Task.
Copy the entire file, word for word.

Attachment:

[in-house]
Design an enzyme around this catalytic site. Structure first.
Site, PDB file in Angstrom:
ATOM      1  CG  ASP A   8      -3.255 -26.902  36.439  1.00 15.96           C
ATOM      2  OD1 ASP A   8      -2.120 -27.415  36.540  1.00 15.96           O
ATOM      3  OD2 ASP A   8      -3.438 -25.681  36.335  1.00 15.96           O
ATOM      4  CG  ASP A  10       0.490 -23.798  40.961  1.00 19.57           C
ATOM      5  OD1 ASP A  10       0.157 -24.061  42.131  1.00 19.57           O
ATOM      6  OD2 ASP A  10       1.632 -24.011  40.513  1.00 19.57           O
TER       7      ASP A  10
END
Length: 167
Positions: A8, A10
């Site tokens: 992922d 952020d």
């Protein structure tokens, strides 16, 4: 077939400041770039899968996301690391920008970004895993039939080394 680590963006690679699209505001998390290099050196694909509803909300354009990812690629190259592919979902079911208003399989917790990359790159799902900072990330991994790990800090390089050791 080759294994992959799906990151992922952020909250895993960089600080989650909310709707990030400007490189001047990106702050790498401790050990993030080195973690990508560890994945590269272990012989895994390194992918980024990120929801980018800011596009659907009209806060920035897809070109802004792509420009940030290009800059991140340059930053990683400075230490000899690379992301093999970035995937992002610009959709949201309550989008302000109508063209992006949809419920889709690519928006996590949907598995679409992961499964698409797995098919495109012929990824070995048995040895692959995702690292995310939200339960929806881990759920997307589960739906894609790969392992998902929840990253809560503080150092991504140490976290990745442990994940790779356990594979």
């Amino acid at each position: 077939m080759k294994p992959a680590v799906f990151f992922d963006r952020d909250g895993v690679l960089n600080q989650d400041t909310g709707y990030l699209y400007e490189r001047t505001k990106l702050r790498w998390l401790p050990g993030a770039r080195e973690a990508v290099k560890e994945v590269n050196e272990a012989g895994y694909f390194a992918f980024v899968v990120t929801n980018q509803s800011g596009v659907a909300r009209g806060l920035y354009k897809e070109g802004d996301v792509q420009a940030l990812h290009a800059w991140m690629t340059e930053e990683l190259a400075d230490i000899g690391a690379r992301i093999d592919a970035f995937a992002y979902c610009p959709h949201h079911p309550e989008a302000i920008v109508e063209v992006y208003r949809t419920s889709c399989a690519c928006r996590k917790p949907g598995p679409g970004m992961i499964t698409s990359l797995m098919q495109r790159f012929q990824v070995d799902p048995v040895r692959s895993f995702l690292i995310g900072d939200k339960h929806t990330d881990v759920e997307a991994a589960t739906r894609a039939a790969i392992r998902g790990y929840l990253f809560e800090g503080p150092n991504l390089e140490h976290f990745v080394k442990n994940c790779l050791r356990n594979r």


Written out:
[in-house]
Design an enzyme around this catalytic site. Structure first.
Site, PDB file in Angstrom:
ATOM      1  CG  ASP A   8      -3.255 -26.902  36.439  1.00 15.96           C
ATOM      2  OD1 ASP A   8      -2.120 -27.415  36.540  1.00 15.96           O
ATOM      3  OD2 ASP A   8      -3.438 -25.681  36.335  1.00 15.96           O
ATOM      4  CG  ASP A  10       0.490 -23.798  40.961  1.00 19.57           C
ATOM      5  OD1 ASP A  10       0.157 -24.061  42.131  1.00 19.57           O
ATOM      6  OD2 ASP A  10       1.632 -24.011  40.513  1.00 19.57           O
TER       7      ASP A  10
END
Length: 167
Positions: A8, A10
């Site tokens: 992922d 952020d």
């Protein structure tokens, strides 16, 4: 077939400041770039899968996301690391920008970004895993039939080394 680590963006690679699209505001998390290099050196694909509803909300354009990812690629190259592919979902079911208003399989917790990359790159799902900072990330991994790990800090390089050791 080759294994992959799906990151992922952020909250895993960089600080989650909310709707990030400007490189001047990106702050790498401790050990993030080195973690990508560890994945590269272990012989895994390194992918980024990120929801980018800011596009659907009209806060920035897809070109802004792509420009940030290009800059991140340059930053990683400075230490000899690379992301093999970035995937992002610009959709949201309550989008302000109508063209992006949809419920889709690519928006996590949907598995679409992961499964698409797995098919495109012929990824070995048995040895692959995702690292995310939200339960929806881990759920997307589960739906894609790969392992998902929840990253809560503080150092991504140490976290990745442990994940790779356990594979």
């Amino acid at each position: 077939m080759k294994p992959a680590v799906f990151f992922d963006r952020d909250g895993v690679l960089n600080q989650d400041t909310g709707y990030l699209y400007e490189r001047t505001k990106l702050r790498w998390l401790p050990g993030a770039r080195e973690a990508v290099k560890e994945v590269n050196e272990a012989g895994y694909f390194a992918f980024v899968v990120t929801n980018q509803s800011g596009v659907a909300r009209g806060l920035y354009k897809e070109g802004d996301v792509q420009a940030l990812h290009a800059w991140m690629t340059e930053e990683l190259a400075d230490i000899g690391a690379r992301i093999d592919a970035f995937a992002y979902c610009p959709h949201h079911p309550e989008a302000i920008v109508e063209v992006y208003r949809t419920s889709c399989a690519c928006r996590k917790p949907g598995p679409g970004m992961i499964t698409s990359l797995m098919q495109r790159f012929q990824v070995d799902p048995v040895r692959s895993f995702l690292i995310g900072d939200k339960h929806t990330d881990v759920e997307a991994a589960t739906r894609a039939a790969i392992r998902g790990y929840l990253f809560e800090g503080p150092n991504l390089e140490h976290f990745v080394k442990n994940c790779l050791r356990n594979r």